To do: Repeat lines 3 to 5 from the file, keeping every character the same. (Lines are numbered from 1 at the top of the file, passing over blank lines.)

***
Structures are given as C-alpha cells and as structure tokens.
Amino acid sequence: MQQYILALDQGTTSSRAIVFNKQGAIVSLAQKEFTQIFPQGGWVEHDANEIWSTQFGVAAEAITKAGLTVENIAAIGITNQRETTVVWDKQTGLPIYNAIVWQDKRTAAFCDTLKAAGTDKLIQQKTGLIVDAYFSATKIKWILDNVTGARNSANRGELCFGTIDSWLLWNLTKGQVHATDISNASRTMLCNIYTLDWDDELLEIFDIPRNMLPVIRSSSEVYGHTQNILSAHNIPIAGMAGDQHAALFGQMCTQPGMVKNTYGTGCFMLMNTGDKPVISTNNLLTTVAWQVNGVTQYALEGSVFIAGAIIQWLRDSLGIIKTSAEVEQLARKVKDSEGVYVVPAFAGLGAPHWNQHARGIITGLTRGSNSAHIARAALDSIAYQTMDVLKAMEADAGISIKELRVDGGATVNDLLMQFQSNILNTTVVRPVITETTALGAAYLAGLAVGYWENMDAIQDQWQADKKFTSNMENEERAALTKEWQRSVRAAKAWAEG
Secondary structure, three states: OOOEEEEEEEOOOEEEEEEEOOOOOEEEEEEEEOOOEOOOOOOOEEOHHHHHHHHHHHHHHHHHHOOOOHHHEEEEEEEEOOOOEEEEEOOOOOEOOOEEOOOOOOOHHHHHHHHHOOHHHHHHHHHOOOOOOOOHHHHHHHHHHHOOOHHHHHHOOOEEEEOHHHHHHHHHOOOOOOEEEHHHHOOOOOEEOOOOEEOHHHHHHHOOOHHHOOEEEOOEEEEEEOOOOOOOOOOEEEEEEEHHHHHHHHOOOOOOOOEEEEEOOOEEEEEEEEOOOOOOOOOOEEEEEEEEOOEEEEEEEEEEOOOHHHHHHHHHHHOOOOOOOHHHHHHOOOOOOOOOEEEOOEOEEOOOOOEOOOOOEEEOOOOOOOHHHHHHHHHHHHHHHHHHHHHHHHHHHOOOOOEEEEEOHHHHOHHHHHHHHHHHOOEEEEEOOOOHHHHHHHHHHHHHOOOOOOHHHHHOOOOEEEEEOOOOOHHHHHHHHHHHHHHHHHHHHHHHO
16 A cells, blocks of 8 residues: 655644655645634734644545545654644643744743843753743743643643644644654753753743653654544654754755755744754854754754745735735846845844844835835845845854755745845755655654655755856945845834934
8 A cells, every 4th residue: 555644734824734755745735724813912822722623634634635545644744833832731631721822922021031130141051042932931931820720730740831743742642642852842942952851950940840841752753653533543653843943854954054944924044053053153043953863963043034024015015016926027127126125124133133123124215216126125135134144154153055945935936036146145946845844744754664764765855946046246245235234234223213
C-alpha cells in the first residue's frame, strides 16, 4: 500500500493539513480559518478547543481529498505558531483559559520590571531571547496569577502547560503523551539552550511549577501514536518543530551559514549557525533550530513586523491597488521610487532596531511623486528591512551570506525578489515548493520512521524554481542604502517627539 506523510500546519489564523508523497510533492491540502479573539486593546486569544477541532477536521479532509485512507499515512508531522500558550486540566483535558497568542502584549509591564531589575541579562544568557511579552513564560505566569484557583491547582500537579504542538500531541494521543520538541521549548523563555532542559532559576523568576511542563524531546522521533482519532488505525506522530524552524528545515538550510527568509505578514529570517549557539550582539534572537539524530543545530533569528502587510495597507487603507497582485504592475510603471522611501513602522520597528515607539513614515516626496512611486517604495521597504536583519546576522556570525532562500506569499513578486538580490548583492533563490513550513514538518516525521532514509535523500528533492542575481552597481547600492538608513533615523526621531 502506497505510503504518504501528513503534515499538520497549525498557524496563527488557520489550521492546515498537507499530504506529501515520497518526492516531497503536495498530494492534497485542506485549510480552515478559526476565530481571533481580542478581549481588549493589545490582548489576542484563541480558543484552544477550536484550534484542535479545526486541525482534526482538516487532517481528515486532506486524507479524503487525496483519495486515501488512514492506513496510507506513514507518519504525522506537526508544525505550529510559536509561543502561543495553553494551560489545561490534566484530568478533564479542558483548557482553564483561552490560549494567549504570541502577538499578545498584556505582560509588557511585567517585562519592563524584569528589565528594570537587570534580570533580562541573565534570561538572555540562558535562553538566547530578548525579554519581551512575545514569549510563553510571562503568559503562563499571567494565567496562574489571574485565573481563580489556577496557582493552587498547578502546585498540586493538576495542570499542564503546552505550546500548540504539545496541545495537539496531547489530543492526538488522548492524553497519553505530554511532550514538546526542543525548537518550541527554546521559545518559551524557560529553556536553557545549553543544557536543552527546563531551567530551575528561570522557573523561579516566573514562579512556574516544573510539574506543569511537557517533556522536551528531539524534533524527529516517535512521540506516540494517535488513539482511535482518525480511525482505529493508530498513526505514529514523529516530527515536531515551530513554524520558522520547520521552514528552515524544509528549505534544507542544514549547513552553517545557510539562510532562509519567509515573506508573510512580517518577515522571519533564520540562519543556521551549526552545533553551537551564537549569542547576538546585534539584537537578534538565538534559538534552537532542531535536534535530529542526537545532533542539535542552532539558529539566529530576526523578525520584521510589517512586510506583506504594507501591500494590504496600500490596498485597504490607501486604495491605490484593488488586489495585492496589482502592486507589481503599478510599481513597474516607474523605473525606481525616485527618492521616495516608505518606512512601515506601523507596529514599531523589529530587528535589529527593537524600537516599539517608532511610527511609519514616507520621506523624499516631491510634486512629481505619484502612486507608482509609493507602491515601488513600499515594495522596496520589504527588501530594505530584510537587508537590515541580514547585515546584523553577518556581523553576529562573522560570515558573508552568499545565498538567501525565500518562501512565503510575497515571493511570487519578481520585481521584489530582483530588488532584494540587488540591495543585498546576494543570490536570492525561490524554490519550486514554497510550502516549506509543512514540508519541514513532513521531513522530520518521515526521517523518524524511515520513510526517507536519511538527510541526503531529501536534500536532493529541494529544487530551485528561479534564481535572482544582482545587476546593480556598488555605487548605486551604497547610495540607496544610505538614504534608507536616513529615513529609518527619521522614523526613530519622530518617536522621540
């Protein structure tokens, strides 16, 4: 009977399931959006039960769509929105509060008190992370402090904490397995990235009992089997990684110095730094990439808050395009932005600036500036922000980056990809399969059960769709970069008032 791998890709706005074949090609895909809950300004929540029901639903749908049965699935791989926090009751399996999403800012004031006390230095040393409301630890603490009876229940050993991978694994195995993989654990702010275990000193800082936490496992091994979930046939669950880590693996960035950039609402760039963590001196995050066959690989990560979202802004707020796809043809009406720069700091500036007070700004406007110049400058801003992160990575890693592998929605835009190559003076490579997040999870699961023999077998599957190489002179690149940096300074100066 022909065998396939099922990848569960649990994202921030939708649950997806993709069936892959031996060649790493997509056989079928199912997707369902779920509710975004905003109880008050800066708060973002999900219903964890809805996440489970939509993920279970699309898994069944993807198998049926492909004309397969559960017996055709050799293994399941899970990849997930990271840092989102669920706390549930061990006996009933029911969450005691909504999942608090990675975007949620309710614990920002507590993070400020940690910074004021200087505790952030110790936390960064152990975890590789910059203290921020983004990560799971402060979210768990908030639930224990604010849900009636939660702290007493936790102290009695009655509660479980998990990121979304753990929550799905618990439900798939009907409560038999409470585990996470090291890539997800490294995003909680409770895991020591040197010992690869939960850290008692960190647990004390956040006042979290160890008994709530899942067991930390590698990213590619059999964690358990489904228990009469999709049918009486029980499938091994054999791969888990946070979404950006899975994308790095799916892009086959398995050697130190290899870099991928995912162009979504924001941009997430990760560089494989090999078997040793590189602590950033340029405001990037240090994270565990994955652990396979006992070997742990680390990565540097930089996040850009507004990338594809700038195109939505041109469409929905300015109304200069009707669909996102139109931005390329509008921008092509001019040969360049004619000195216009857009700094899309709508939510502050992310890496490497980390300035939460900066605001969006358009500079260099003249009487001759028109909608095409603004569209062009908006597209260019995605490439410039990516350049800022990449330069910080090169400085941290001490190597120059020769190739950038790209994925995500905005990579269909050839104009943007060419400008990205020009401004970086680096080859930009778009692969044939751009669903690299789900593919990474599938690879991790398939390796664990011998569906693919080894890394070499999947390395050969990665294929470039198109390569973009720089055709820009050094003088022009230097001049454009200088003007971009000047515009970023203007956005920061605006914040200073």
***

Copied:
Secondary structure, three states: OOOEEEEEEEOOOEEEEEEEOOOOOEEEEEEEEOOOEOOOOOOOEEOHHHHHHHHHHHHHHHHHHOOOOHHHEEEEEEEEOOOOEEEEEOOOOOEOOOEEOOOOOOOHHHHHHHHHOOHHHHHHHHHOOOOOOOOHHHHHHHHHHHOOOHHHHHHOOOEEEEOHHHHHHHHHOOOOOOEEEHHHHOOOOOEEOOOOEEOHHHHHHHOOOHHHOOEEEOOEEEEEEOOOOOOOOOOEEEEEEEHHHHHHHHOOOOOOOOEEEEEOOOEEEEEEEEOOOOOOOOOOEEEEEEEEOOEEEEEEEEEEOOOHHHHHHHHHHHOOOOOOOHHHHHHOOOOOOOOOEEEOOEOEEOOOOOEOOOOOEEEOOOOOOOHHHHHHHHHHHHHHHHHHHHHHHHHHHOOOOOEEEEEOHHHHOHHHHHHHHHHHOOEEEEEOOOOHHHHHHHHHHHHHOOOOOOHHHHHOOOOEEEEEOOOOOHHHHHHHHHHHHHHHHHHHHHHHO
16 A cells, blocks of 8 residues: 655644655645634734644545545654644643744743843753743743643643644644654753753743653654544654754755755744754854754754745735735846845844844835835845845854755745845755655654655755856945845834934
8 A cells, every 4th residue: 555644734824734755745735724813912822722623634634635545644744833832731631721822922021031130141051042932931931820720730740831743742642642852842942952851950940840841752753653533543653843943854954054944924044053053153043953863963043034024015015016926027127126125124133133123124215216126125135134144154153055945935936036146145946845844744754664764765855946046246245235234234223213